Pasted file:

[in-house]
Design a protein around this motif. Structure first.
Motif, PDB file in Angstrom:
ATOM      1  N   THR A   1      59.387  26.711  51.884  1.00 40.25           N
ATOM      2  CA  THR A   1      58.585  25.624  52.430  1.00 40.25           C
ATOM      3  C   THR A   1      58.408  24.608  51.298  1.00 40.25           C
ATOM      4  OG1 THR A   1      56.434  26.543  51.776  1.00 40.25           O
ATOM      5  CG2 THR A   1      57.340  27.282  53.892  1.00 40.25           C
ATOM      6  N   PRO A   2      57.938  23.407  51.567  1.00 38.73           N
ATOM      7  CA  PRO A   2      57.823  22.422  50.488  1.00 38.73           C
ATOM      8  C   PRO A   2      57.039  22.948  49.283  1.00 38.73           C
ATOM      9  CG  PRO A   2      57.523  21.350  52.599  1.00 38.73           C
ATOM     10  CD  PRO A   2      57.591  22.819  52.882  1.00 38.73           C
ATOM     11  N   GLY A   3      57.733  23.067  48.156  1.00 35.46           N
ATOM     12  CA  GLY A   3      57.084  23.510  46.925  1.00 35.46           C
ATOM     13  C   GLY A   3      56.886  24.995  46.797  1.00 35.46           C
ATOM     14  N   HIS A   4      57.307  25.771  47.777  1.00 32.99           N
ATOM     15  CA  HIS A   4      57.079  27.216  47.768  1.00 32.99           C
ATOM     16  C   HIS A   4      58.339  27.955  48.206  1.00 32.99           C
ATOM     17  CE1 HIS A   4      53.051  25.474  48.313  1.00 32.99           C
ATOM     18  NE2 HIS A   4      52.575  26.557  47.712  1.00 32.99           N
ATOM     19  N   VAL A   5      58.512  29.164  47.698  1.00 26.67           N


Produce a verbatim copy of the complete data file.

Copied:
[in-house]
Design a protein around this motif. Structure first.
Motif, PDB file in Angstrom:
ATOM      1  N   THR A   1      59.387  26.711  51.884  1.00 40.25           N
ATOM      2  CA  THR A   1      58.585  25.624  52.430  1.00 40.25           C
ATOM      3  C   THR A   1      58.408  24.608  51.298  1.00 40.25           C
ATOM      4  OG1 THR A   1      56.434  26.543  51.776  1.00 40.25           O
ATOM      5  CG2 THR A   1      57.340  27.282  53.892  1.00 40.25           C
ATOM      6  N   PRO A   2      57.938  23.407  51.567  1.00 38.73           N
ATOM      7  CA  PRO A   2      57.823  22.422  50.488  1.00 38.73           C
ATOM      8  C   PRO A   2      57.039  22.948  49.283  1.00 38.73           C
ATOM      9  CG  PRO A   2      57.523  21.350  52.599  1.00 38.73           C
ATOM     10  CD  PRO A   2      57.591  22.819  52.882  1.00 38.73           C
ATOM     11  N   GLY A   3      57.733  23.067  48.156  1.00 35.46           N
ATOM     12  CA  GLY A   3      57.084  23.510  46.925  1.00 35.46           C
ATOM     13  C   GLY A   3      56.886  24.995  46.797  1.00 35.46           C
ATOM     14  N   HIS A   4      57.307  25.771  47.777  1.00 32.99           N
ATOM     15  CA  HIS A   4      57.079  27.216  47.768  1.00 32.99           C
ATOM     16  C   HIS A   4      58.339  27.955  48.206  1.00 32.99           C
ATOM     17  CE1 HIS A   4      53.051  25.474  48.313  1.00 32.99           C
ATOM     18  NE2 HIS A   4      52.575  26.557  47.712  1.00 32.99           N
ATOM     19  N   VAL A   5      58.512  29.164  47.698  1.00 26.67           N